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Beginner’s Mind2021-01-07T17:41:52-08:00

Beginner’s Mind #8: Confession

In 2017, my wife and I decided to sell our home in south Seattle and move northward. Our rationale at the time was that we wanted to be closer to our family and friends in the north end, where we had both grown up, and to invest in real estate in the nicest neighborhood where we could afford to purchase it. To do this, we had to sell our south end home, the first home we’d ever owned, and after a fairly brief listing period we received a number of offers on our place. The offers we received frankly surprised us: we hadn’t anticipated how much our property’s value had increased in the time we’d owned it.

The two highest offers we received, each of equal monetary value, were from family with notably different backgrounds. The first was a young white couple from the east coast, about the same age as my wife and me. They had no kids at the time. The second was a black family with two kids with a long history of living in the Seattle area.

When we were notified of their offers, our real estate agent also gave us personal messages from each family.

This tactic, our agent informed us, was meant to ingratiate potential buyers with homeowners with the hope that doing so might make a buyer’s bid more attractive. Not that the gesture was meaningless, she commented, but she cautioned us that, in her words, “only money talks in this business.”

The white family made us a brief video, introducing themselves and explaining the many reasons for their deep affection for our house. The man said he was a nurse and the woman an aspiring author working on her first book. They’d moved from the east coast and were thrilled to have found a place like ours, and the woman noted how excited she was about the prospect of authoring her first book in our home’s light and airy living room.

The father of the black family did not record a video for us, but instead wrote us a brief letter about his personal story and his dream for how our home might fit into it. He told us that he’d grown up as a foster kid in south Seattle, not far from our home. He had worked hard to make it out of the foster system and had managed to earn undergraduate and graduate degrees in social work at local universities. He’d become part of the administration of a local social services organization and was hoping to buy his first home and relocate his family into the community from which he came, in hopes of enriching it in a substantive way.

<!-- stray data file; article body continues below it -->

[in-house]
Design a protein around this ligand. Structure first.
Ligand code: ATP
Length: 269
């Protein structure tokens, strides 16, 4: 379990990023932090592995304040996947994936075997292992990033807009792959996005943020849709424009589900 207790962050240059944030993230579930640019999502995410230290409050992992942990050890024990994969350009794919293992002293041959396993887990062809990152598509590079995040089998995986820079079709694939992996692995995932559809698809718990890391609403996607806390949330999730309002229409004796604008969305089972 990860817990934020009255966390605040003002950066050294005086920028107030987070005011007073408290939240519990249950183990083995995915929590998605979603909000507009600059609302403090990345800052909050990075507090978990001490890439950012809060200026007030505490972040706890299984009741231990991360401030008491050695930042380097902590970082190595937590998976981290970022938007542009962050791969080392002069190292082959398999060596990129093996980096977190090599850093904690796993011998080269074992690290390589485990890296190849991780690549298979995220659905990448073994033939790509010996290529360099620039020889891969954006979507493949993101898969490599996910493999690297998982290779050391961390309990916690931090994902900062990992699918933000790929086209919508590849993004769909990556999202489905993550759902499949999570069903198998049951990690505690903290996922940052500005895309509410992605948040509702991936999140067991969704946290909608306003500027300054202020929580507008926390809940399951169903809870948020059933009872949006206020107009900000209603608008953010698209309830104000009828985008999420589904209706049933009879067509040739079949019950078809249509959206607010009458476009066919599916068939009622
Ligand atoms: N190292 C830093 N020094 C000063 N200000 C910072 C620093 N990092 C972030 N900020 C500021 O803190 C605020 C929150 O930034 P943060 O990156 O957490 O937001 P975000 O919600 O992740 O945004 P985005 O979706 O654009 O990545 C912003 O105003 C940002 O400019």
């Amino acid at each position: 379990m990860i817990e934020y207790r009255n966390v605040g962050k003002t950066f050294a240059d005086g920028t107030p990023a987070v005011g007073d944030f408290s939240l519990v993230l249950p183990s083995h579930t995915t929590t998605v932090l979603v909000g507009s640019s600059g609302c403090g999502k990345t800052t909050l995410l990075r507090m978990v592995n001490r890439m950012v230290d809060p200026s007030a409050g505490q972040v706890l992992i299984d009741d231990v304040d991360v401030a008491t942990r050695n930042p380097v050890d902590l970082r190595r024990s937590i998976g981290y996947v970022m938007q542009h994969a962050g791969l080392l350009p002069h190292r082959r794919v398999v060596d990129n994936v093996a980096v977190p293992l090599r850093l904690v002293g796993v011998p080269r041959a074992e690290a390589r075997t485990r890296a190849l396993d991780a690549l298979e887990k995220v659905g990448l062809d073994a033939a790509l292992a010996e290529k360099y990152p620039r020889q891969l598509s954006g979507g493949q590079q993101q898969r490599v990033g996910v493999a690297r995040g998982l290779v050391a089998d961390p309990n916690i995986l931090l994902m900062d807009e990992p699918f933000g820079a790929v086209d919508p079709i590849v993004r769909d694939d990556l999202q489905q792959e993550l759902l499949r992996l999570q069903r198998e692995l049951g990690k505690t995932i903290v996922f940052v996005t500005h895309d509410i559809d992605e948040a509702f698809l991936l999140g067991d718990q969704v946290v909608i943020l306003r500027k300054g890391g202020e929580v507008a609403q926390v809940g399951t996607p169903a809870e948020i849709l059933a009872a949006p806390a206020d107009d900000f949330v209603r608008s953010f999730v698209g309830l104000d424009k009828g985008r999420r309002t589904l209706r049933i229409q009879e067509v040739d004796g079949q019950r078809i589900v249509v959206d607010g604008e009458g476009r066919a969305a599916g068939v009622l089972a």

The offers from these families were financially equivalent, but there was one substantive difference between them: the white family had chosen to waive their right to a home inspection and the black family had not. At the time we had no reason to think that an inspection would turn up anything serious, certainly nothing that would scuttle the sale to either family. But, of course, we did not know that at the time.

I can still remember how overwhelmingly anxious I was when all of this was taking place. I had been swept away by a fantasy of moving my wife and young daughter from south Seattle back into the north end neighborhood where I’d grown up. A nicer neighborhood, so I told myself; nicer homes, better schools, farther from crime, closer to family. I had loved my time in south Seattle but never felt as though I wanted to commit myself to being a part of that community in an enduring way. The north end, I felt, was really home.

To buy a home there, however, required us to squeeze as much money out of our home sale as possible. At the time, I agreed with our real estate agent’s “pragmatic” advice about not allowing sentiment and emotionality to affect which offer we accepted on our home. Given the white family’s willingness to forgo the inspection and thereby insulate us from that risk, we selected their offer and that was that. A month later we had moved out of south Seattle and were on our way to purchasing our home in my old neighborhood, where we have lived for the last three and a half years now.

In recent weeks, and in the midst of so much powerful and painful discussion of the systemic inequities that have plagued black people in this country for centuries, I have been giving a lot of thought to my experience of our home sale. So many of the thoughts I had back then were emotional and powerful, but I can confidently say that none of them were consciously racist. I had no problem with the thought of selling our home to a black family and, had they been willing to waive the home inspection, my wife and I would have gladly sold the home to them (not that we asked). My thinking, you could say, was race-neutral, or what is currently referred to as “nonracist” (Kendi, 2019).